In spite of an overwhelmingly ineffective tenure in the won-loss column, it could be credibly argued that, in his four years as the University of Washington's starting quarterback, Jake Locker saved Husky football. Simply by stepping onto the field, Locker, an insanely gifted athlete who opted to stay in his home state to play college football despite scores of sexier suitors, gave Husky fans a sense of hope they hadn't felt since the debauched Neuheisel years. Hope's a wonderful promise, but in Locker's case, it's proven to be a hollow one. Only if the Dawgs win out and make it to an F-List bowl game can even a tepid claim to the contrary be made.
But even without getting into the whole leadership/demeanor debate, he's suffered through a truly awful season by any statistical measure. Part of this is no doubt due to the fact that he's played hurt much of the year, and is forced to execute an offensive scheme that doesn't optimize his legs. Yet while numbers don't tell the whole story, they don't typically lie either. And Locker's numbers this year have been lackluster, to put it kindly.
On the ground, he's run for 262 yards and averaged 3.3 yards per carry, a far cry from his freewheeling freshman year, when he rushed for 986 and averaged 5.7 . Granted, that was in a very different scheme under a different coach, but the disparity is nonetheless galling. By air, he has the worst completion percentage and overall rating in the Pac-10, save for UCLA's dreadful tandem.
Speaking of that dreadful tandem, Locker almost out-crapped them in last night's brutally ugly win over Neuheisel's Bruins, virtually assuring that the ESPN crew won't be booking any mid-week flights to Sea-Tac anytime soon. The UCLA quarterbacks combined for 55 yards passing; Locker, in his final home game as a Husky, threw for 68 yards, completed 10 of his 21 passes, and threw a bumbleheaded interception that put his team in a hole it didn't dig out of until the second half. The performance represented Locker at his very worst at a point in his career when he should be a dominant force in every game, even if his teammates can't match his aptitude.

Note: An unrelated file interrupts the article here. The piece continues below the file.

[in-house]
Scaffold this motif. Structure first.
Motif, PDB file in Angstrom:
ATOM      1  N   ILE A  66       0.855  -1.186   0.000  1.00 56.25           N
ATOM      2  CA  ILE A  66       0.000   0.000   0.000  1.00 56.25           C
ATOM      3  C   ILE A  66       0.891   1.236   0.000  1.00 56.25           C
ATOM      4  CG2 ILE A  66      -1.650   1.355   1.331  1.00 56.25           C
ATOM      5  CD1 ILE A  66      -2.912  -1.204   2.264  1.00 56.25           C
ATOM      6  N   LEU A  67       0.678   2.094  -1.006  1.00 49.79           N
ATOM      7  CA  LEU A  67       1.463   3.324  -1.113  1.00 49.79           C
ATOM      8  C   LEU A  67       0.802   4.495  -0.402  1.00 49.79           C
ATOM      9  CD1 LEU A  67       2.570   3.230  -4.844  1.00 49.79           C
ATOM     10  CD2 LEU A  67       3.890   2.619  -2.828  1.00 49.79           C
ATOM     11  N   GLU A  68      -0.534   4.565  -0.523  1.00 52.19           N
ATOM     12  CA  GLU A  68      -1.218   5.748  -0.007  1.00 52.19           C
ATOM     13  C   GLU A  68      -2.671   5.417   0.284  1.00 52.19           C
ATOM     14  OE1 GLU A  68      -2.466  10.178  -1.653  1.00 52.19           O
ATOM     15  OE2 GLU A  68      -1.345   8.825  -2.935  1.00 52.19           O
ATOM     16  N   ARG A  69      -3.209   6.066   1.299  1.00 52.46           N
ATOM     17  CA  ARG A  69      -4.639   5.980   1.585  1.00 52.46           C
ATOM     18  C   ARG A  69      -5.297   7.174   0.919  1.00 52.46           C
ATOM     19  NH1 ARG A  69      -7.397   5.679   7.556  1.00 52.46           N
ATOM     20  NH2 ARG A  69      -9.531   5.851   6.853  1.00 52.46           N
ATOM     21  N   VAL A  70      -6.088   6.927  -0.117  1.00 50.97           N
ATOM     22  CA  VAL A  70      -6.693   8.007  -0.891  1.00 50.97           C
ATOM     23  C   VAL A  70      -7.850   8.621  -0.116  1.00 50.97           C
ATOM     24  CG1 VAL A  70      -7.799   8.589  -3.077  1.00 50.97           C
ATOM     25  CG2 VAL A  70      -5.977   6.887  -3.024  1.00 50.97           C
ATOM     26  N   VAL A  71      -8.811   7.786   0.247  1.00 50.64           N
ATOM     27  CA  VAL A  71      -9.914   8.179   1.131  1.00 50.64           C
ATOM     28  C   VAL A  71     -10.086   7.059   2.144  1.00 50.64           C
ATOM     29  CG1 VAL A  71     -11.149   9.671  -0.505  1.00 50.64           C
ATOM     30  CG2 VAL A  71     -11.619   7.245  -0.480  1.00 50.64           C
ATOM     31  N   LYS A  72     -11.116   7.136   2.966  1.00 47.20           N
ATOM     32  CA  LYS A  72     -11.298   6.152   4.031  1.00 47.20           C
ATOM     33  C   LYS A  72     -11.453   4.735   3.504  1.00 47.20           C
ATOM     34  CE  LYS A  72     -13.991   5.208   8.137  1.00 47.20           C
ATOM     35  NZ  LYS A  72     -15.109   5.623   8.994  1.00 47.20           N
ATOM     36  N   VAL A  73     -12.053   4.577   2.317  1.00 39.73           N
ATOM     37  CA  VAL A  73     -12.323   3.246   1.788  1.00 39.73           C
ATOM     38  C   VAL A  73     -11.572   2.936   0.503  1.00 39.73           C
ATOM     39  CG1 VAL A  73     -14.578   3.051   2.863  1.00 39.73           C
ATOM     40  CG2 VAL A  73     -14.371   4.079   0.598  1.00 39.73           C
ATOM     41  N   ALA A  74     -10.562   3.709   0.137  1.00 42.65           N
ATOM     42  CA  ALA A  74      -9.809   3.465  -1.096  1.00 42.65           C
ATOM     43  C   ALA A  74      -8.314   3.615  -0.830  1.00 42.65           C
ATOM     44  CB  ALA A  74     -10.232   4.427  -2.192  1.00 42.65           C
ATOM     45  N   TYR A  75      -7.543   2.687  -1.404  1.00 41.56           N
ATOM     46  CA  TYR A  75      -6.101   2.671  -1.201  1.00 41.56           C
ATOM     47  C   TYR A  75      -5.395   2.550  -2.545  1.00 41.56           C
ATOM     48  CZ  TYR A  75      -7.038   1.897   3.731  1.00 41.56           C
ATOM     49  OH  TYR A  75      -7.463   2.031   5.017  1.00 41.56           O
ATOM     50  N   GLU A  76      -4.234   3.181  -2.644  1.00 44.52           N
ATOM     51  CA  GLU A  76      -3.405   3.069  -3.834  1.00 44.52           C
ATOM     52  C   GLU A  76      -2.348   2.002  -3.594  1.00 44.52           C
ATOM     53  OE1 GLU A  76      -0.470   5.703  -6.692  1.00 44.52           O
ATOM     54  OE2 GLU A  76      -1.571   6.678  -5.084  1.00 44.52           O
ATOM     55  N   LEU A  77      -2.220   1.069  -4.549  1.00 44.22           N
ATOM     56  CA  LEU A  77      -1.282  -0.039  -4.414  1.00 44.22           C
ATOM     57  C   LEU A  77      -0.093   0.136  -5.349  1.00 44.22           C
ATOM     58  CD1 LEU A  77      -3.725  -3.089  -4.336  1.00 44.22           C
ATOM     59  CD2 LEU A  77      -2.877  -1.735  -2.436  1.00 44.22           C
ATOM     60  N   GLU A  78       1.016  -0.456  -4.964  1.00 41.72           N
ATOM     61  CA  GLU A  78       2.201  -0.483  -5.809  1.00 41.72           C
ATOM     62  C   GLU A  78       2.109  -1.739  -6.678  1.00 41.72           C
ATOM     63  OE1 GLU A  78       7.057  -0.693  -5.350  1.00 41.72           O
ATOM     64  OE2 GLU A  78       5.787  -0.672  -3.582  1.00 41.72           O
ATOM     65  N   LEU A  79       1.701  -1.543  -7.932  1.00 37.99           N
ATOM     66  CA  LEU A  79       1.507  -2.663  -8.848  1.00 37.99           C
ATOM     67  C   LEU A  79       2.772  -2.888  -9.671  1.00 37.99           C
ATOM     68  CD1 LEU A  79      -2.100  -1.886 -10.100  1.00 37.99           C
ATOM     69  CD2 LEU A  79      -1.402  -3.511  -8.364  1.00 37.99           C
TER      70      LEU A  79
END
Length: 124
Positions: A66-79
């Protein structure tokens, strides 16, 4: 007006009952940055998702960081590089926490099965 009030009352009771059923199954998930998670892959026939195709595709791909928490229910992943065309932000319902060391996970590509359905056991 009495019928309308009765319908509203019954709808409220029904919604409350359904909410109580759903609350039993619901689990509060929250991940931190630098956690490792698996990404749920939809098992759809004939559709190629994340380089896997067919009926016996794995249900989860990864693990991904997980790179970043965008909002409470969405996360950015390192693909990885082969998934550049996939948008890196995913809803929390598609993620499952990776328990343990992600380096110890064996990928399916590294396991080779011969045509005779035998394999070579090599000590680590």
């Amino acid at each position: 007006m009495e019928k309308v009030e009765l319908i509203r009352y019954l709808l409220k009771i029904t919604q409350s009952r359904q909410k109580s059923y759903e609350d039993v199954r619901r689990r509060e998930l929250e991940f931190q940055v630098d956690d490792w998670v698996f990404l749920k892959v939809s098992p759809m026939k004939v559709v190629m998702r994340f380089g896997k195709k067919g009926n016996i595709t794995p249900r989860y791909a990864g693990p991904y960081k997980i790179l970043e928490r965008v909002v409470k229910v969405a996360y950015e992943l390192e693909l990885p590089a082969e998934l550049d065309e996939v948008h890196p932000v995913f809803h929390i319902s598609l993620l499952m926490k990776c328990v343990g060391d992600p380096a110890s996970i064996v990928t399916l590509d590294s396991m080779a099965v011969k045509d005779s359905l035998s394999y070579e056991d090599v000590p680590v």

Locker is, by all accounts, a wonderfully well-rounded young man who has delivered some brilliant performances in his Husky career. He's got a lot to be proud of, and should be remembered fondly. He may well go on to have a glorious NFL career, provided his decision-making improves and he's paired with a coach who's committed to properly harnessing his talents. But anyone who holds him in higher esteem than, say, Cody Pickett needs to remove their lips from the bong.